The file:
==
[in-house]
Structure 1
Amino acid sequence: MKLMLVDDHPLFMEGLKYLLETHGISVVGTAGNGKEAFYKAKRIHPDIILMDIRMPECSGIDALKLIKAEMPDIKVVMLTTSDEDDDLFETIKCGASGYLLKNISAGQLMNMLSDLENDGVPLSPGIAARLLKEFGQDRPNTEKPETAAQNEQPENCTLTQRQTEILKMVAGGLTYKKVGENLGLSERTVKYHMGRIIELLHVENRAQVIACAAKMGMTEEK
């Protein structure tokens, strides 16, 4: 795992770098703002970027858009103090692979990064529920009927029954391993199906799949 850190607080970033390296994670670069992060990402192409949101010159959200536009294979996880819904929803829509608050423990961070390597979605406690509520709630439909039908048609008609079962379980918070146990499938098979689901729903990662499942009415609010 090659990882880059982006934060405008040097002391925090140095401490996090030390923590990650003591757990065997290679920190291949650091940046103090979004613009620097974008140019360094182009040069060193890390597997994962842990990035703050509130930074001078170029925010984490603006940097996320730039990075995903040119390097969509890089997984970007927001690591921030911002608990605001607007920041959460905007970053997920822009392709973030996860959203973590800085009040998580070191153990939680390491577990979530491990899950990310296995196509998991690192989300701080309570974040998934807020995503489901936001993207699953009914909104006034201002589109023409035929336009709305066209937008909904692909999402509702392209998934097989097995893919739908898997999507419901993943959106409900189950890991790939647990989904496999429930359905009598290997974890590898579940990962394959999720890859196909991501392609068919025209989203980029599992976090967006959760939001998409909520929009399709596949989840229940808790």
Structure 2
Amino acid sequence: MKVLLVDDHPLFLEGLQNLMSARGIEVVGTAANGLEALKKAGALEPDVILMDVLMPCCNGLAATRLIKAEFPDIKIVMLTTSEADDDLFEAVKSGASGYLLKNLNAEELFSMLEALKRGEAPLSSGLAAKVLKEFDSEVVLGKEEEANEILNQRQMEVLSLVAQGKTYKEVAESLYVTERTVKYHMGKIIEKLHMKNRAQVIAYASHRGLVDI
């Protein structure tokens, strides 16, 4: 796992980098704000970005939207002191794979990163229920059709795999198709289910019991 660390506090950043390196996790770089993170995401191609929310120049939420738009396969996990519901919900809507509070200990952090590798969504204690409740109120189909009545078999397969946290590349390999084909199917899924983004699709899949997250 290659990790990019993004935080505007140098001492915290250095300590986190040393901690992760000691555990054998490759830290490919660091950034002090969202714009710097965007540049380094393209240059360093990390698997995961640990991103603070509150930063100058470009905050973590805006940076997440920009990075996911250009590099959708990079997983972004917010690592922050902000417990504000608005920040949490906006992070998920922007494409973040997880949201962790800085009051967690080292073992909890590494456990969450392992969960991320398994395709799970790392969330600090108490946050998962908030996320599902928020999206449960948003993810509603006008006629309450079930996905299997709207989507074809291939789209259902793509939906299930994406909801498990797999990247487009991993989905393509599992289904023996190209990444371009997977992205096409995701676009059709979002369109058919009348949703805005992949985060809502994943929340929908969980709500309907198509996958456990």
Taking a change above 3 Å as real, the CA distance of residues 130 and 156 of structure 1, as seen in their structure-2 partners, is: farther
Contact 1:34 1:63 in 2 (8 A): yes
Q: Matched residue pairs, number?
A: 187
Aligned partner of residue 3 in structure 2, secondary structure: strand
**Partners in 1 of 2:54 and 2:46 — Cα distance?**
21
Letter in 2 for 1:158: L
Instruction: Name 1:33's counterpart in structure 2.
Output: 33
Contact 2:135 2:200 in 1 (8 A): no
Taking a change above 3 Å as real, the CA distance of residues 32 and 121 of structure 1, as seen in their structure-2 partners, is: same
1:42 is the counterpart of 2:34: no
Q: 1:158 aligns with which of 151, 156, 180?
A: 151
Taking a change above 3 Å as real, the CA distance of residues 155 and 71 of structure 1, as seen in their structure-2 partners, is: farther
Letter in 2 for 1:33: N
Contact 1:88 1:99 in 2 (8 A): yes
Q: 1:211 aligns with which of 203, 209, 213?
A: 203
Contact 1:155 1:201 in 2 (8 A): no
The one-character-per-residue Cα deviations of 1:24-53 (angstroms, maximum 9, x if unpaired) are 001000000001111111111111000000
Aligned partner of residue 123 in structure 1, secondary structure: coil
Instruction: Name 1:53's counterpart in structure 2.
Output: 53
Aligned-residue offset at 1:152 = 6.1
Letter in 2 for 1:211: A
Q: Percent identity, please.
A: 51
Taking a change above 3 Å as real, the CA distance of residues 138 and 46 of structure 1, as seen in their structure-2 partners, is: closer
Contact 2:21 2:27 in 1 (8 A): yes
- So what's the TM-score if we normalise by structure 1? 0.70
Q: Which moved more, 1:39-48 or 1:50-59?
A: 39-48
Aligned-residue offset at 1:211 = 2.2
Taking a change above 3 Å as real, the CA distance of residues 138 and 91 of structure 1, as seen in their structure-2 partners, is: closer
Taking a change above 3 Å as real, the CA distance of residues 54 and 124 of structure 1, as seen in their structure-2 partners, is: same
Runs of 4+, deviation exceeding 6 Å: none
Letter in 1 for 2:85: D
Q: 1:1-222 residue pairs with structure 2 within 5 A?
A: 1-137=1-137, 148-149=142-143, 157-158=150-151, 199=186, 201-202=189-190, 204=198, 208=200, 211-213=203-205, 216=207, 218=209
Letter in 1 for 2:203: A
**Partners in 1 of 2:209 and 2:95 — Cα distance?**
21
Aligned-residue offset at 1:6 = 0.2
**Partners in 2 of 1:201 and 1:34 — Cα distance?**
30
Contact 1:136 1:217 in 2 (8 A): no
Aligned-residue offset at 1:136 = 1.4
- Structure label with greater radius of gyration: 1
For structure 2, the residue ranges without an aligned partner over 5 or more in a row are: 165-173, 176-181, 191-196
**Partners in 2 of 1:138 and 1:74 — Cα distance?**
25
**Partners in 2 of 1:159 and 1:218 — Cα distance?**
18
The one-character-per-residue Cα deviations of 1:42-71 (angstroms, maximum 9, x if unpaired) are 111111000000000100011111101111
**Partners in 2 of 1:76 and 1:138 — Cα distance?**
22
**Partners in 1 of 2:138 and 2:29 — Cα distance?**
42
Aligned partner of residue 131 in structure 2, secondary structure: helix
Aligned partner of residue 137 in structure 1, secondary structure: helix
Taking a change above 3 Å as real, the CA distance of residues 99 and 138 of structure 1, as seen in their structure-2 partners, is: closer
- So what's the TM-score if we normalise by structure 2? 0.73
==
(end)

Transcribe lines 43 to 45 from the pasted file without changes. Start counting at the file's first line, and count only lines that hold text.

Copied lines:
Taking a change above 3 Å as real, the CA distance of residues 138 and 91 of structure 1, as seen in their structure-2 partners, is: closer
Taking a change above 3 Å as real, the CA distance of residues 54 and 124 of structure 1, as seen in their structure-2 partners, is: same
Runs of 4+, deviation exceeding 6 Å: none